A sign company placed a billboard showing their support for the families of victims of the Oklahoma City bombing in downtown Terra Haute, Indiana, June 10, 2001. mk/mc/Mark Cowan UPI | License Photo
OKLAHOMA CITY, Nov. 28 (UPI) -- Convicted Oklahoma City bombing conspirator Terry Nichols said he thought his co-conspirator would blow up a structure at night, not during busy daylight hours.
In a letter written from a Colorado prison to pen pal Jannie Coverdale, Nichols also said he grieves "daily knowing that I had a part in such a devastating tragedy," The (Oklahoma City) Oklahoman reported Monday.
For years Nichols denied involvement in the deadly 1995 Oklahoma City federal building bombing. However, in 2005, he admitted to family and the FBI his role in making the bomb, and then later told the FBI he thought Timothy McVeigh planned a nighttime attack on a monument or similar structure.
McVeigh detonated a truck bomb outside the Alfred P. Murrah Federal Building April 19, 1995, resulting in 168 deaths and hundreds of injuries. McVeigh was executed in 2001.
Nichols writes regularly to Coverdale, an Oklahoma City woman whose two grandsons were among the 19 children who died in the explosion, the newspaper said. She shared her two-year correspondence with The Oklahoman.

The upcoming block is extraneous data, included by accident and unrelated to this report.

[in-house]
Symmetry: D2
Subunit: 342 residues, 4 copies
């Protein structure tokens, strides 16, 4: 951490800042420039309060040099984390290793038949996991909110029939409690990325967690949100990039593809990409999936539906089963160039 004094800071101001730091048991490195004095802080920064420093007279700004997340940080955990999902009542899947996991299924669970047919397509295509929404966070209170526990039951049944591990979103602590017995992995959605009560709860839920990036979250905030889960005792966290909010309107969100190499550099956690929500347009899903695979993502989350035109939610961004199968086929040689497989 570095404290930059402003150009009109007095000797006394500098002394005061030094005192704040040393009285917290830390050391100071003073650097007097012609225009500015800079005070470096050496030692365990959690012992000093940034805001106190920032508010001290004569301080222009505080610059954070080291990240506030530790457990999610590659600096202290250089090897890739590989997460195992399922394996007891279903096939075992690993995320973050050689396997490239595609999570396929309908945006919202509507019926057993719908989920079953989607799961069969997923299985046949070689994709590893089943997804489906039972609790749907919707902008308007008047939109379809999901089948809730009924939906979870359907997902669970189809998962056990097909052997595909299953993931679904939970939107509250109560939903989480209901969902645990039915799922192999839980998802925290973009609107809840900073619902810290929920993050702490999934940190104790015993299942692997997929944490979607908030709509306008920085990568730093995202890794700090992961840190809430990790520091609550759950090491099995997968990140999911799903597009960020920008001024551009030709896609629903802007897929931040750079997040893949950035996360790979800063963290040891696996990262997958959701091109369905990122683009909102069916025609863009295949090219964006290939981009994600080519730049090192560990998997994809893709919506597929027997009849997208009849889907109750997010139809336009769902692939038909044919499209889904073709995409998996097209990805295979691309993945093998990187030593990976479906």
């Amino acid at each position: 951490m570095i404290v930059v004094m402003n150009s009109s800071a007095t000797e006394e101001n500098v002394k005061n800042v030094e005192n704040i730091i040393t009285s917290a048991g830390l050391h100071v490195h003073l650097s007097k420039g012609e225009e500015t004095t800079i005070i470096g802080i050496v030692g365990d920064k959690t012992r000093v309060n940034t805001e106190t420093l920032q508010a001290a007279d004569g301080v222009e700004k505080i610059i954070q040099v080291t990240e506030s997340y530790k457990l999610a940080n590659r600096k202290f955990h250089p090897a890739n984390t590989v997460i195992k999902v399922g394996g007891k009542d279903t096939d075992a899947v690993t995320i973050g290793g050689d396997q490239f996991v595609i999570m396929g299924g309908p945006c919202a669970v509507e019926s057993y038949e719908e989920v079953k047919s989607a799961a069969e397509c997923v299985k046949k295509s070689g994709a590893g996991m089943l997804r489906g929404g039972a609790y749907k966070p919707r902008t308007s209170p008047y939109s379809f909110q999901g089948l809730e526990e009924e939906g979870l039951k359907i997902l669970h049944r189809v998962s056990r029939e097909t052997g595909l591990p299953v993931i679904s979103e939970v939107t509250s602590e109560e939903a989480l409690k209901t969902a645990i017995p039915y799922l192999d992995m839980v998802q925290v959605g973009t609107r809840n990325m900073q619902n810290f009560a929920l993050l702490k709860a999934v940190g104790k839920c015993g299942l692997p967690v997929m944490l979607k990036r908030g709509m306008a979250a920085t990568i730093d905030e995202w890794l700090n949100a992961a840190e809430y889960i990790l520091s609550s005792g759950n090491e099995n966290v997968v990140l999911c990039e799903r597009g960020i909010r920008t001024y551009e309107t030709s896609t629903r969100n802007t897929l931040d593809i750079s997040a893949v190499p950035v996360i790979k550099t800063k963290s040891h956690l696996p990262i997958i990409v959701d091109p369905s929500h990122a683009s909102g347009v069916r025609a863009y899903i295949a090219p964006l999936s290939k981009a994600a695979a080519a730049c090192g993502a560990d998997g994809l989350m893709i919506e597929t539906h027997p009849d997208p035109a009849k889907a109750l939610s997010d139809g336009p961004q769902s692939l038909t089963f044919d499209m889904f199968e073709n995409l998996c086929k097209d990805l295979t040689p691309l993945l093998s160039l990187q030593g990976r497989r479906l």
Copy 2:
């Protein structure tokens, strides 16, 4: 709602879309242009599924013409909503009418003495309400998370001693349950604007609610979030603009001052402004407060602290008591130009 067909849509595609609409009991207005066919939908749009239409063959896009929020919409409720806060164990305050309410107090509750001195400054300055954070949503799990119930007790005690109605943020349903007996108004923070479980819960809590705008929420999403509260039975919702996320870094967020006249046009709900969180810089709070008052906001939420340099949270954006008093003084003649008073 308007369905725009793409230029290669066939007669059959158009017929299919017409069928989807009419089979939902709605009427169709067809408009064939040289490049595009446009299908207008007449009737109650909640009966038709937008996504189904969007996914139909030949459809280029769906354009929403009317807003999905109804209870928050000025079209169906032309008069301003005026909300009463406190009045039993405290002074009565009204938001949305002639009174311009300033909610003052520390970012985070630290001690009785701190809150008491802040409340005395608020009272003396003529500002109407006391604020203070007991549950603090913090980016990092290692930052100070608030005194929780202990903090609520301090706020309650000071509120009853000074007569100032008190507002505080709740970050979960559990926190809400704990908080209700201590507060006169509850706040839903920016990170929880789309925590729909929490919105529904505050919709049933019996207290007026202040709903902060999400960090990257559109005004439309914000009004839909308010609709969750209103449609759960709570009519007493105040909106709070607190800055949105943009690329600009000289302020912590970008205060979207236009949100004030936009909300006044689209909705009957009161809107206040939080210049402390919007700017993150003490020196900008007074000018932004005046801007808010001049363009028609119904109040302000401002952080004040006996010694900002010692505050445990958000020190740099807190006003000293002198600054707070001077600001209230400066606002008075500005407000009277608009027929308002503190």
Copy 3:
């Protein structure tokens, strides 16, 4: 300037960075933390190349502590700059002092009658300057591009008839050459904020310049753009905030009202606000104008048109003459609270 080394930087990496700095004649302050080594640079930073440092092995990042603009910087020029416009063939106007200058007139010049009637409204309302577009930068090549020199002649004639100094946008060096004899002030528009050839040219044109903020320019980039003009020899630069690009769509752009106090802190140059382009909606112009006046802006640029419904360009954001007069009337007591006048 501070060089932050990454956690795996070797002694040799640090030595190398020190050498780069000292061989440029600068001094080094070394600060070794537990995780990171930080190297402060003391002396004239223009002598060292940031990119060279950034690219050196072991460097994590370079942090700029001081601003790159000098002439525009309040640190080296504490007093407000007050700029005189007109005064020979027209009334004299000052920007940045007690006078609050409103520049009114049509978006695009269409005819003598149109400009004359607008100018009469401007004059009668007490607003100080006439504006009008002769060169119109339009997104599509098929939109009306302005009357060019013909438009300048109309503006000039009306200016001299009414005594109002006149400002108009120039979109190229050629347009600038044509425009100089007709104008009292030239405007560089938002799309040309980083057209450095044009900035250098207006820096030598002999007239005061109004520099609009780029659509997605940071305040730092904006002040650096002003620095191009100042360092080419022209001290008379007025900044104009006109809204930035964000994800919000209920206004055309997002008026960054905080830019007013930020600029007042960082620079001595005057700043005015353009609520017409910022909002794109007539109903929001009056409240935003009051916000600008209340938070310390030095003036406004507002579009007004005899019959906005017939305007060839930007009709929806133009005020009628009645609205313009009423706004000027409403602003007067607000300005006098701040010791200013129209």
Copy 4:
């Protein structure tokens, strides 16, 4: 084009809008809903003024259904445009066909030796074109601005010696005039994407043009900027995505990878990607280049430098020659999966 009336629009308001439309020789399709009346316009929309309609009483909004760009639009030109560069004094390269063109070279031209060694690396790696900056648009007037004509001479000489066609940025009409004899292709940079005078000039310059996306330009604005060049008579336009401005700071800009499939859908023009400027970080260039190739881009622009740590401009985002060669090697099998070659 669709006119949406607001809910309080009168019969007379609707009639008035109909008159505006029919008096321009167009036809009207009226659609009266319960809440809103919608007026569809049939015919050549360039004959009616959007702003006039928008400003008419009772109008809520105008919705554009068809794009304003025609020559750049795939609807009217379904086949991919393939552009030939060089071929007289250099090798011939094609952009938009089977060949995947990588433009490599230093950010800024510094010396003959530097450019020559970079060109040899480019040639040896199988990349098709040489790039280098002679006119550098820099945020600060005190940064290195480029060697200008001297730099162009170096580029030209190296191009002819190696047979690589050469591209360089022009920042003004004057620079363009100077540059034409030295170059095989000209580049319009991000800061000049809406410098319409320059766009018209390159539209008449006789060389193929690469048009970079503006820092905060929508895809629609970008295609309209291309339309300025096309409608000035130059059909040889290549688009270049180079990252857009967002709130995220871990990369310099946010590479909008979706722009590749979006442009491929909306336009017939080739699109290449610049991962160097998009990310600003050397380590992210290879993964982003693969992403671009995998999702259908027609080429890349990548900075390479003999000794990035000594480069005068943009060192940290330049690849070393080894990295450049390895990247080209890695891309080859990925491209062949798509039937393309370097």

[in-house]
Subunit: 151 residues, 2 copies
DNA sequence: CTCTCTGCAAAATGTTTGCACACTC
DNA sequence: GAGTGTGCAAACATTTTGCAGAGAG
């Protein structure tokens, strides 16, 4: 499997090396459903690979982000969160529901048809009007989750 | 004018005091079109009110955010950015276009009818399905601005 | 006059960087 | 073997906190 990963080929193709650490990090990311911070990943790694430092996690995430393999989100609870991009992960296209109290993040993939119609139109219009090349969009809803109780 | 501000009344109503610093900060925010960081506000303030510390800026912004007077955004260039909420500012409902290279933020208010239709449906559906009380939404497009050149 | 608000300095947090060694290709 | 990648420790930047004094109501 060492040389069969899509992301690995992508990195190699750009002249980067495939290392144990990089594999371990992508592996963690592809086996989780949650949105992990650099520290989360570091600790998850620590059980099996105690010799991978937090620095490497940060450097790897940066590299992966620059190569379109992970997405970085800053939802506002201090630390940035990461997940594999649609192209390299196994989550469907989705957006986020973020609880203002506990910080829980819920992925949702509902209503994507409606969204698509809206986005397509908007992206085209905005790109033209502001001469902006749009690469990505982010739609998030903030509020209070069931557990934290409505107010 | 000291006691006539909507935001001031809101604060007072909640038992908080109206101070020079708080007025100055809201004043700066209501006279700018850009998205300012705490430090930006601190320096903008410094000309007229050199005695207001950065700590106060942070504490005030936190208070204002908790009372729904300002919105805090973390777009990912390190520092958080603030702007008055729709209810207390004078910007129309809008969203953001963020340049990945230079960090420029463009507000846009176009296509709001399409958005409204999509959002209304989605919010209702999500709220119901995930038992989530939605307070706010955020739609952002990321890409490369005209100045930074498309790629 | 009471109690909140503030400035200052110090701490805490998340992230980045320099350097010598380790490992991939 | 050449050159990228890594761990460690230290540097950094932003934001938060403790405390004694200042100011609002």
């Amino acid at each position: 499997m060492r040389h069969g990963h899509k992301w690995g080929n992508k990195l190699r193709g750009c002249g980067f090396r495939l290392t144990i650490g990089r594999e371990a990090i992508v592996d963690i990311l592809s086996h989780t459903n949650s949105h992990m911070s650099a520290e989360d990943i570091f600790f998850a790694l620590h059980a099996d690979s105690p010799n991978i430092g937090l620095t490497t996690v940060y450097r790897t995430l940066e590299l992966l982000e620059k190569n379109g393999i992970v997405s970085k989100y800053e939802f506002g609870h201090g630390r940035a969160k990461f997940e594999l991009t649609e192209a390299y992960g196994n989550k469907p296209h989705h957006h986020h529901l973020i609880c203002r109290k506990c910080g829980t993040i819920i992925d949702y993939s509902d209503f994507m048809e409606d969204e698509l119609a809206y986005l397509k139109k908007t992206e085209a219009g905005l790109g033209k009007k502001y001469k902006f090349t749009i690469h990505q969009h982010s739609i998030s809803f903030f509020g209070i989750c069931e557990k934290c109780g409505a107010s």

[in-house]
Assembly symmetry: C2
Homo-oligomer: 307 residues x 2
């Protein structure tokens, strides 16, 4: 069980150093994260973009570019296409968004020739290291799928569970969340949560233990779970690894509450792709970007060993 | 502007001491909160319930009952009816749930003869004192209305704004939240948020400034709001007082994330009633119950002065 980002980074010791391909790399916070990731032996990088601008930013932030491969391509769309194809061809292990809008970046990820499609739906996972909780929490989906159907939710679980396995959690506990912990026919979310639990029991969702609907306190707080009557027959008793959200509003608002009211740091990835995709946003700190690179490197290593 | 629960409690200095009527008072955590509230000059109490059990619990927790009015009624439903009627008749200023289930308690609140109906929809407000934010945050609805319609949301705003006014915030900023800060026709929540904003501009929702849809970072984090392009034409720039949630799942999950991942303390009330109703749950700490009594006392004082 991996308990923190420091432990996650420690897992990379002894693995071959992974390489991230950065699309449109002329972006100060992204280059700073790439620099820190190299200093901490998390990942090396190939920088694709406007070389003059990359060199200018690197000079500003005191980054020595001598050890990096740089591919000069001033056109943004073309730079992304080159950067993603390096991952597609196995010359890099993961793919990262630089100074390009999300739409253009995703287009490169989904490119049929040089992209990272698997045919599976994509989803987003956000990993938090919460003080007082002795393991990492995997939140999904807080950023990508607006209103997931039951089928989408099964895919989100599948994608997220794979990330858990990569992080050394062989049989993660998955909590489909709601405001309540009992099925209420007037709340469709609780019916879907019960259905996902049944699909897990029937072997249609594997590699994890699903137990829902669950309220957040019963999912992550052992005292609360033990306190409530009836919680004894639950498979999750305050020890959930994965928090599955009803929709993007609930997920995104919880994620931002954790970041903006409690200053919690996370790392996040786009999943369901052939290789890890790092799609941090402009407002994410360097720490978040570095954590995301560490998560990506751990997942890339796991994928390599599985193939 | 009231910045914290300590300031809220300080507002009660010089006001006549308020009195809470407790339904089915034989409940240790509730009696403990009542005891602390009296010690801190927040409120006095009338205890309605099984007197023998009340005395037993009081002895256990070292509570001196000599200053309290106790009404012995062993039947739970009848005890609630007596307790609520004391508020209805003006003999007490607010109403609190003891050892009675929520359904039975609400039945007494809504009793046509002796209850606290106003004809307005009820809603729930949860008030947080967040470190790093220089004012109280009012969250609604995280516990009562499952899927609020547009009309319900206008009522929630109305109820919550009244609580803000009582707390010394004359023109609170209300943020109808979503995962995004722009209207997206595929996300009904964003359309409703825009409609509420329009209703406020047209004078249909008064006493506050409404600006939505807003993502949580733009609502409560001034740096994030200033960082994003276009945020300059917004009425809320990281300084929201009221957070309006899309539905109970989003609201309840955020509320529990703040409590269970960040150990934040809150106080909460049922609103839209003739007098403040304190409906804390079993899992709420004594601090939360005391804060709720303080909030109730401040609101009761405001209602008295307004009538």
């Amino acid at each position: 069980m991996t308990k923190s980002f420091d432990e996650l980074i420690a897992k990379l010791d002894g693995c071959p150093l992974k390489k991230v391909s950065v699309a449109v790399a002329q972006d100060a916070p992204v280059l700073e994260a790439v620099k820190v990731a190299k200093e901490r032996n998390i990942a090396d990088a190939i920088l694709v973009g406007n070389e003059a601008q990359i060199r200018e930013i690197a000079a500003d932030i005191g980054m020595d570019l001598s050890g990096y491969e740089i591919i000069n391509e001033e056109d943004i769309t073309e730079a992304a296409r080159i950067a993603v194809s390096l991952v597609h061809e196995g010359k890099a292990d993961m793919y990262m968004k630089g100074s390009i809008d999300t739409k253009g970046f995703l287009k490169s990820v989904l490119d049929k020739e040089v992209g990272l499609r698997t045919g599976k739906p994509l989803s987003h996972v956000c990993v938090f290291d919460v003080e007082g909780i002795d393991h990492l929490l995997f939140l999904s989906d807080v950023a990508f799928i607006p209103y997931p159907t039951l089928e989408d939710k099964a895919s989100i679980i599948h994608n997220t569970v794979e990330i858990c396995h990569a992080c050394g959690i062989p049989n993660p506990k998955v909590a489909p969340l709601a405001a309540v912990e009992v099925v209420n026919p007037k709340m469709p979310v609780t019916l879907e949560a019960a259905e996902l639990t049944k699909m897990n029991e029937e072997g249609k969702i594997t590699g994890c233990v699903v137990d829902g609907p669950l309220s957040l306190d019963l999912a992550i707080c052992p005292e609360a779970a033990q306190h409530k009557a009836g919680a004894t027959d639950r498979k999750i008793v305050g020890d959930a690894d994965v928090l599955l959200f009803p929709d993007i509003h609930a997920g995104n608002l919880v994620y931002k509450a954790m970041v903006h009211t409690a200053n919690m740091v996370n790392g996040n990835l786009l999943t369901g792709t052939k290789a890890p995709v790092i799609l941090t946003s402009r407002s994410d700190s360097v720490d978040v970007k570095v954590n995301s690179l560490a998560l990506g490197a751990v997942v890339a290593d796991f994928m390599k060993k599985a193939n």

The newspaper said Coverdale is among those who believe others besides Nichols and McVeigh were involved in the bombing. She said she started writing to Nichols, hoping he would reveal any other participants; however, she now says she thinks Nichols knows very little.
Nichols is serving life terms in the federal prison in Florence, Colo., and cannot be paroled or released.
In an April 2010 letter, Nichols said the bombing was "just so wrong. There was really no justification for it."
In an August 2010 letter, Nichols said McVeigh didn't tell him the federal building was the target, "but he did say he was going to make 'his statement' at night. And from what he said [indirectly] that it was not going to be an occupied structure, leading me to believe it was going to be some type of monument, bridge or similar structure and thus no loss of lives."